Saturday, 18 February 2012

Virshika accepts the proposal for the Hariyupiyah War

There were two men who did not sleep well that night. Payu Bharadvaja, inspite of all the training he had received on meditation, tossed and turned in bed. He had no idea how Virshika might react to the proposal of the Kaithal allies; even his mere being there, let alone the proposal. The man was clearly of unsound mind, erratic and ruthless, a deadly combination, enough to unsettle anyone, and Payu, for all his upbringing, was still a young man.

Virshika knew he was closer to realizing his dream. That Payu Bharadvaja would travel such far distances, there would be an outcome. The burdens of his dream would soon be shed and the mere thought pumped his entire body with energy. So, is this how the God Indra felt when he quaffed the elusive Soma?

Finally, morning came and Payu was escorted across the river by boat. As the boat neared the bank, he could see Vrindavan on the other side. It was grand, beyond comparison to any Puru settlement he had seen all his life. Well fortified and with a high gate, solders stood guard at the entrance. Payu tried hard to hide the utter awe he felt and hoped the Vrcivans would not notice.

A senior member of the Vrcivan's council met him at the entrance and escorted him to the impressive house of Virshika.

"Welcome to Vrindavan, son of Bharadvaja." Chitrarath greeted Payu. "The mighty, bull amongst men, King Virshika will join us soon. In the meantime, if you will submit yourself to a body search, at Vrindavan, we take no chances." Even before, Payu could respond, a couple of guards swooped on him, and conducted a thorough body search. Search over, they glanced at Chitrarath and shook their head, indicating they had found nothing.

"Allow us to make you comfortable while you are here. Let us know if you need anything, anything at all that you may need. And now, if you will please remain standing, as the King makes his way to the the chamber."

Then, suddenly, the imperious figure of Virshika, appeared in the room. It was not for nothing that Virshika had a fearsome reputation that had spread across the Arya land.

"Well, well, well, wise one, son of the illustrious Bharadvaja, what brings you our land, to meet us uncouth, forsaken descendants of Nahusa?"

"First, allow me to convey my respects to you, torch bearer for the peerless Yadu, my respects to Chitrarath here and to the rest of the elders of Vrindavan."

"I come here as an emissary of an alliance between the Panchala Kings, Vadhryasva and Srnjaya and Anu King Cayamana."

Alliance between the Panchala and the Anu??? Virshika and Chitrarath exchanged looks, caught completely by surprise. Why would the Anu King want to drag himself into this? This was support for the Panchala weaklings that Virshika had not considered at all. No wonder they had the temerity to send Payu to Vrindavan. Bastards!

"And what message do you carry?"

"One War, one Prize."

Now this was not going in the direction that the Vrcivans were anticipating. Virshika, could not hold back his rage. On his feet, he wagged his fingers at Payu, "You talk of war? We kill people in your settlements at will while your army hides in refuges in your capitals, and you dare to stand before me and talk of war?"

"I am but a messenger rajan, and I cannot respond to what you just said."

"Just because, your aging rulers have the backing of the young Cayamana, no doubt manufactured by your wily father, you are emboldened to even think of standing upto us in war?", Virshika was besides himself.

"Again, rajan, I cannot respond to you, all I can do is to deliver the message I carry and relay back your response."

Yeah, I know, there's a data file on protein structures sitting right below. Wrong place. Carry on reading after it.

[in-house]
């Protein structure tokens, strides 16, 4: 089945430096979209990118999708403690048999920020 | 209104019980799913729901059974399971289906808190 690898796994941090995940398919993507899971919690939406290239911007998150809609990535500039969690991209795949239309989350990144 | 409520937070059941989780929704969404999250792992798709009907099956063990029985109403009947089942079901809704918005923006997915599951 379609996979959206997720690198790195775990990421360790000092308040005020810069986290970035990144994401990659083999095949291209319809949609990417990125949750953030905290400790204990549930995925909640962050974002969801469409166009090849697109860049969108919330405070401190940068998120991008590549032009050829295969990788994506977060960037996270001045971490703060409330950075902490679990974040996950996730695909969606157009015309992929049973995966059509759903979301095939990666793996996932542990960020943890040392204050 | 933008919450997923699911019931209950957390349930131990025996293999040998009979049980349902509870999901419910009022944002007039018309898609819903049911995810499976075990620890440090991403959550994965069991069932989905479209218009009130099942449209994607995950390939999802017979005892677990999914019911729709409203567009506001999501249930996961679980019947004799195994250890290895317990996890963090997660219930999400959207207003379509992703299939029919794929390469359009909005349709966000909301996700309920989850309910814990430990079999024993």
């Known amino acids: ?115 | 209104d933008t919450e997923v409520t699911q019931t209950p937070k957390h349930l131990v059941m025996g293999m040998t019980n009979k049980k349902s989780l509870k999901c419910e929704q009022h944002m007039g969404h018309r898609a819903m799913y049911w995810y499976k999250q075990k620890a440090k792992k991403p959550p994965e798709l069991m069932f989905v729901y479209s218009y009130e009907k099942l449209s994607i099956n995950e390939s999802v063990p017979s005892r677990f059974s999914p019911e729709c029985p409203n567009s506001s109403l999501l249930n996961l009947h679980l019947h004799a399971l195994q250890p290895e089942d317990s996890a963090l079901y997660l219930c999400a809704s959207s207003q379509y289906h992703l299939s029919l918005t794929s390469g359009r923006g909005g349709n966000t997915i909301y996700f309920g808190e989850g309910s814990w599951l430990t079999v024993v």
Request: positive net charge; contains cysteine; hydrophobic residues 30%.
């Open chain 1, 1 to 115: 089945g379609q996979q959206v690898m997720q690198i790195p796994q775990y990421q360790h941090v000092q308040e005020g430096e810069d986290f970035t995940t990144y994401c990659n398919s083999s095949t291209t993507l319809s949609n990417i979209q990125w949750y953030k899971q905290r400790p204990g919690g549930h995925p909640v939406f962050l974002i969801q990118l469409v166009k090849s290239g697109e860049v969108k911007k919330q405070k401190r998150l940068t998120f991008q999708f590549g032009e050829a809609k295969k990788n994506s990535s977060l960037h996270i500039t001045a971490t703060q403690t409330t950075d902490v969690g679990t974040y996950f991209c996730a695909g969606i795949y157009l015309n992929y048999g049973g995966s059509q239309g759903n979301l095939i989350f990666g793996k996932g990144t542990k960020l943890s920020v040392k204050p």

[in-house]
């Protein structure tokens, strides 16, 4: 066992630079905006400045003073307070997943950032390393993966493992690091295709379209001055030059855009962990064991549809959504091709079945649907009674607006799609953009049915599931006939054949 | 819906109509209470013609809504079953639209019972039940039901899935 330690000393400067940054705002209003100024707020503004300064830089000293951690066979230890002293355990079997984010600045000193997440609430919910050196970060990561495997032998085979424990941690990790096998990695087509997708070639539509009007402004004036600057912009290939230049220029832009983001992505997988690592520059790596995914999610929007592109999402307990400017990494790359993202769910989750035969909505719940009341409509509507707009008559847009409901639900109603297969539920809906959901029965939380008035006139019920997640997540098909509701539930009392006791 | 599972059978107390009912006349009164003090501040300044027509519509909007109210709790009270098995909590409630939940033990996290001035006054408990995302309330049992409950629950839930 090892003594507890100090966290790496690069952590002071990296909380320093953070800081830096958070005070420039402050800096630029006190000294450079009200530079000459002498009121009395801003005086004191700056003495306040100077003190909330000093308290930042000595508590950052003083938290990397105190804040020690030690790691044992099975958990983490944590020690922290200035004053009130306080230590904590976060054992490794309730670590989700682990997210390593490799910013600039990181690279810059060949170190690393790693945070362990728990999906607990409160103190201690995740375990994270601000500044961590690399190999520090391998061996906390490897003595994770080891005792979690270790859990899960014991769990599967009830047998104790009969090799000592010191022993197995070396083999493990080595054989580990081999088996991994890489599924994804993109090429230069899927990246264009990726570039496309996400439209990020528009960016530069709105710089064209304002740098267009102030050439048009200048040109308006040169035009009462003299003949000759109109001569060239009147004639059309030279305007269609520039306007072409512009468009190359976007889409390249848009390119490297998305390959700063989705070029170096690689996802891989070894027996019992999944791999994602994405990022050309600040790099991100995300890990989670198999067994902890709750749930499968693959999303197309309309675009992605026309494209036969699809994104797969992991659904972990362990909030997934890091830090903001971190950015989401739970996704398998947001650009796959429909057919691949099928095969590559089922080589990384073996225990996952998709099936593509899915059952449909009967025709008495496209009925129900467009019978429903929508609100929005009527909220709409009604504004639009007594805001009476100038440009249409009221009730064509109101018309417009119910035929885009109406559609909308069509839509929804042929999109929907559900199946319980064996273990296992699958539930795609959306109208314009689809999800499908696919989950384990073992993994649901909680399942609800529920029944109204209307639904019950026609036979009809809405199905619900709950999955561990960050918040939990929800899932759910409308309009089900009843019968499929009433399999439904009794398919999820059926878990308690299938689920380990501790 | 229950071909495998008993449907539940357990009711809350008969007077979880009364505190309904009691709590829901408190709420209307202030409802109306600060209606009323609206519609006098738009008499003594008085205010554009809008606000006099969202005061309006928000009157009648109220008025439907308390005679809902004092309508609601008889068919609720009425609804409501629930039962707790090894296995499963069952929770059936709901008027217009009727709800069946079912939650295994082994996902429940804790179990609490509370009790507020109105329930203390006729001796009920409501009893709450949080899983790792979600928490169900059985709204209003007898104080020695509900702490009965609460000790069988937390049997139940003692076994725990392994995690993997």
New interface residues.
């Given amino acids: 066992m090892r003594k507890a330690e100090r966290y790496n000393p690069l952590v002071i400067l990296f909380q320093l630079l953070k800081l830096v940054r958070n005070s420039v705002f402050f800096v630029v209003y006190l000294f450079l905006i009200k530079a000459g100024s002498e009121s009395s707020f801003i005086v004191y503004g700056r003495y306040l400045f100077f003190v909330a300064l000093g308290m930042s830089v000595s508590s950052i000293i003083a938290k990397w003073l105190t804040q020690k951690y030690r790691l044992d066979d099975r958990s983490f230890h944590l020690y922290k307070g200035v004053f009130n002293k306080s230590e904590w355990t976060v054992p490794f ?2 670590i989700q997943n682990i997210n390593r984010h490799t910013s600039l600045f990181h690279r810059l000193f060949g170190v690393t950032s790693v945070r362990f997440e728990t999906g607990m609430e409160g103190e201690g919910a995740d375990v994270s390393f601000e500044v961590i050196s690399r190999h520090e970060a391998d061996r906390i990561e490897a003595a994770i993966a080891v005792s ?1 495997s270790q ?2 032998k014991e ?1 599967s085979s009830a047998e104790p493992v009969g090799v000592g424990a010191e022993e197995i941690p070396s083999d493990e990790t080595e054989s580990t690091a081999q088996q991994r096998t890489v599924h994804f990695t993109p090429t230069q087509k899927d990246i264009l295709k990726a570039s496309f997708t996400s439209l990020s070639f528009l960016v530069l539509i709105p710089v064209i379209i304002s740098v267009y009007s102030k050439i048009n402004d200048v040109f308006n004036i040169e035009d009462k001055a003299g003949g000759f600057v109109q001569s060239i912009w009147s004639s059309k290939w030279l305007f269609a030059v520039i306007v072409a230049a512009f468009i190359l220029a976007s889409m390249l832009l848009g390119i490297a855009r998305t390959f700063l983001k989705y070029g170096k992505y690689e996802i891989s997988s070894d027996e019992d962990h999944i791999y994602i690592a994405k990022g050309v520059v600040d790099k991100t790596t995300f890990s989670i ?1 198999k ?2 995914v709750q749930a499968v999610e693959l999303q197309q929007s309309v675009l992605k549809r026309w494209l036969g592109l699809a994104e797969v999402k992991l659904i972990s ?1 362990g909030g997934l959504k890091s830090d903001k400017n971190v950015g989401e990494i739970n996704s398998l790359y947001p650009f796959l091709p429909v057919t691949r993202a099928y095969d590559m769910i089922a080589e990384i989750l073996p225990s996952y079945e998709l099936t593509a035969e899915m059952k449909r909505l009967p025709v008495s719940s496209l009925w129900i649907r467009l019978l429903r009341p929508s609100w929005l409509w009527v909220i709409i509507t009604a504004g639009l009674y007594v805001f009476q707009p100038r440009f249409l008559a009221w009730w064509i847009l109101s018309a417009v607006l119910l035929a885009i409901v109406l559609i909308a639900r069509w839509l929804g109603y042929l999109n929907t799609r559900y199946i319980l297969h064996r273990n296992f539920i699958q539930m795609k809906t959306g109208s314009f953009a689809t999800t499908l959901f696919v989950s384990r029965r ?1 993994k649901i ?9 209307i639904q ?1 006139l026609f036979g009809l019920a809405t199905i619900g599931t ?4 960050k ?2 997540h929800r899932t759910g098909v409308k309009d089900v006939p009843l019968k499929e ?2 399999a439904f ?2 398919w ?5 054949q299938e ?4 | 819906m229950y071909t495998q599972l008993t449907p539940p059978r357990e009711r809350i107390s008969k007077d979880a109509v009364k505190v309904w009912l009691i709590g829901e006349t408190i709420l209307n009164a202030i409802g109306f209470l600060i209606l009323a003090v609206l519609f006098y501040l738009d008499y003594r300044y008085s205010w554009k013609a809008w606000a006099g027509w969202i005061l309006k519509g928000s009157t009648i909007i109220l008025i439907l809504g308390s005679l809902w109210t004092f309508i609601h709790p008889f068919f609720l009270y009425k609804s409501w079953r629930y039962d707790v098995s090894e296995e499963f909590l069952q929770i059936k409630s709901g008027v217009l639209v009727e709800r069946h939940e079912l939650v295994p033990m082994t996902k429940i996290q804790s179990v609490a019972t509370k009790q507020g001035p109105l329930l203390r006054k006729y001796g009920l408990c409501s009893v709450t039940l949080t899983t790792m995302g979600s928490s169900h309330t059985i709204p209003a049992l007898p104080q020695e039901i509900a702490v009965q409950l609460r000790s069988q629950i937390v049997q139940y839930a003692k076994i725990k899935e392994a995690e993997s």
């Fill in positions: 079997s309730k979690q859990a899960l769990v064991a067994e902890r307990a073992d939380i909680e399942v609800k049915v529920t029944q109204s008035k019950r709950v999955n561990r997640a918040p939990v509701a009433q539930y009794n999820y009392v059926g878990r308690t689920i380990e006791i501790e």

Chitrarath decided to intervene. "What is this one war, one prize proposal you bring?"

"The prize is control over all the lands of the Panchalas and by extension the Purus and the Anu people as well. A prize you will win, if your army is able to douse the fire of Devavata on the banks of the Hariyupiyah."

"But we will crush you one settlement after another, anyway, till we raize Kampilya and Ahichhatra to ground. So why should we accept this proposal?"

"Time, rajan, time. Do you really think, your army can sweep across Puru lands and bring them in your control with no resistance? Don't you think it will be several winters before you achieve your dream?"

Payu's response was met with guarded silence. He had a point, both Virshika and Chitrarath thought to themselves. Sensing this, Payu pressed on, "The Panchalas will offer your army safe passage upto the Hariyupiyah river. There the two armies will face off. If your army is able to cross the river, and douse Devavata's fire that is the very symbol of Puru power, the prize is yours. The Puru and Anu tribes will be subjugated to the Yadu forever."

"What tricks has your father thought of entrapping us, Payu?" asked a skeptical Chitrarath.

"No tricks, respected elder, no tricks. The Panchalas will keep their word - safe passage to Hariyupiyah. The outcome will be decided on the battle field. The winner takes all."

Virshika looked at Chitrath, there was no reason to doubt the proposal, and most of all, it made sense, one war, one prize. It would be swift, Varshika felt he was so much closer to realizing his dream.


"Very well then, after the rains, the two armies shall meet. The Panchalas will send a signal at an appropriate time after the rains, and ensure your army is able make the long journey to the Hariyupiyah as guests."


Sunday, 5 February 2012

Payu prays for the Panchalas' enemies on the Yamuna

The news of Payu reaching the eastern banks of the Yamuna had spread to Vrindavan and other settlements close to the river banks on either side. Emotions ranged from the curious to awe amongst the laity and confusion within the Vrcivan royal council.

Virshika summoned Chitrarath, his Purohit, so they could determine how to deal with this unanticipated situation.

“Why is the son of Bharadvaja here? If he is here to discuss peace, I will have none of it”, thundered Virshika.